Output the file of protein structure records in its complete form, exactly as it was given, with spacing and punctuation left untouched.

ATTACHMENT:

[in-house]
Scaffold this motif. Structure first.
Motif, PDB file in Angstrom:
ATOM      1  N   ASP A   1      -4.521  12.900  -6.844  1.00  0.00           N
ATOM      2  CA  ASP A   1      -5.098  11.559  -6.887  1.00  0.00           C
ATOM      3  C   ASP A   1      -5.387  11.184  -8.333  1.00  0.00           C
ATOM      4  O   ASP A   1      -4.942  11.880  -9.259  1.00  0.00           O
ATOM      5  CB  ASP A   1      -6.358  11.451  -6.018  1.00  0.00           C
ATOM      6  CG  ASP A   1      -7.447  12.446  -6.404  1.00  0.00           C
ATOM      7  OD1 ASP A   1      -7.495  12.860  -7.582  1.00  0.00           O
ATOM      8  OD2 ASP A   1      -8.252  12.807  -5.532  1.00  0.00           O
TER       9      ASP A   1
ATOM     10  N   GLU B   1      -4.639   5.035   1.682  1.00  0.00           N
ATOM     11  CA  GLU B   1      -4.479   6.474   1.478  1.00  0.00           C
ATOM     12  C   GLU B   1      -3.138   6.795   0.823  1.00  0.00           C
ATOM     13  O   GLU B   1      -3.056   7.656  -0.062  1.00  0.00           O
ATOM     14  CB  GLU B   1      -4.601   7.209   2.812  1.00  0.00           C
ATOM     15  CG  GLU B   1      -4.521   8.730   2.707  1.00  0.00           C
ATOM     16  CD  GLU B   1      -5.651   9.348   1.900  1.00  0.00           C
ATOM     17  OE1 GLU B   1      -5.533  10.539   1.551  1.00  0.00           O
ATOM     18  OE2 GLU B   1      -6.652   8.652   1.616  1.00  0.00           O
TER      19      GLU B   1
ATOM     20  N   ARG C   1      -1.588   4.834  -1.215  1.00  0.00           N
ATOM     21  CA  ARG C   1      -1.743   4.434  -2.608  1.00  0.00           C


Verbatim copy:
[in-house]
Scaffold this motif. Structure first.
Motif, PDB file in Angstrom:
ATOM      1  N   ASP A   1      -4.521  12.900  -6.844  1.00  0.00           N
ATOM      2  CA  ASP A   1      -5.098  11.559  -6.887  1.00  0.00           C
ATOM      3  C   ASP A   1      -5.387  11.184  -8.333  1.00  0.00           C
ATOM      4  O   ASP A   1      -4.942  11.880  -9.259  1.00  0.00           O
ATOM      5  CB  ASP A   1      -6.358  11.451  -6.018  1.00  0.00           C
ATOM      6  CG  ASP A   1      -7.447  12.446  -6.404  1.00  0.00           C
ATOM      7  OD1 ASP A   1      -7.495  12.860  -7.582  1.00  0.00           O
ATOM      8  OD2 ASP A   1      -8.252  12.807  -5.532  1.00  0.00           O
TER       9      ASP A   1
ATOM     10  N   GLU B   1      -4.639   5.035   1.682  1.00  0.00           N
ATOM     11  CA  GLU B   1      -4.479   6.474   1.478  1.00  0.00           C
ATOM     12  C   GLU B   1      -3.138   6.795   0.823  1.00  0.00           C
ATOM     13  O   GLU B   1      -3.056   7.656  -0.062  1.00  0.00           O
ATOM     14  CB  GLU B   1      -4.601   7.209   2.812  1.00  0.00           C
ATOM     15  CG  GLU B   1      -4.521   8.730   2.707  1.00  0.00           C
ATOM     16  CD  GLU B   1      -5.651   9.348   1.900  1.00  0.00           C
ATOM     17  OE1 GLU B   1      -5.533  10.539   1.551  1.00  0.00           O
ATOM     18  OE2 GLU B   1      -6.652   8.652   1.616  1.00  0.00           O
TER      19      GLU B   1
ATOM     20  N   ARG C   1      -1.588   4.834  -1.215  1.00  0.00           N
ATOM     21  CA  ARG C   1      -1.743   4.434  -2.608  1.00  0.00           C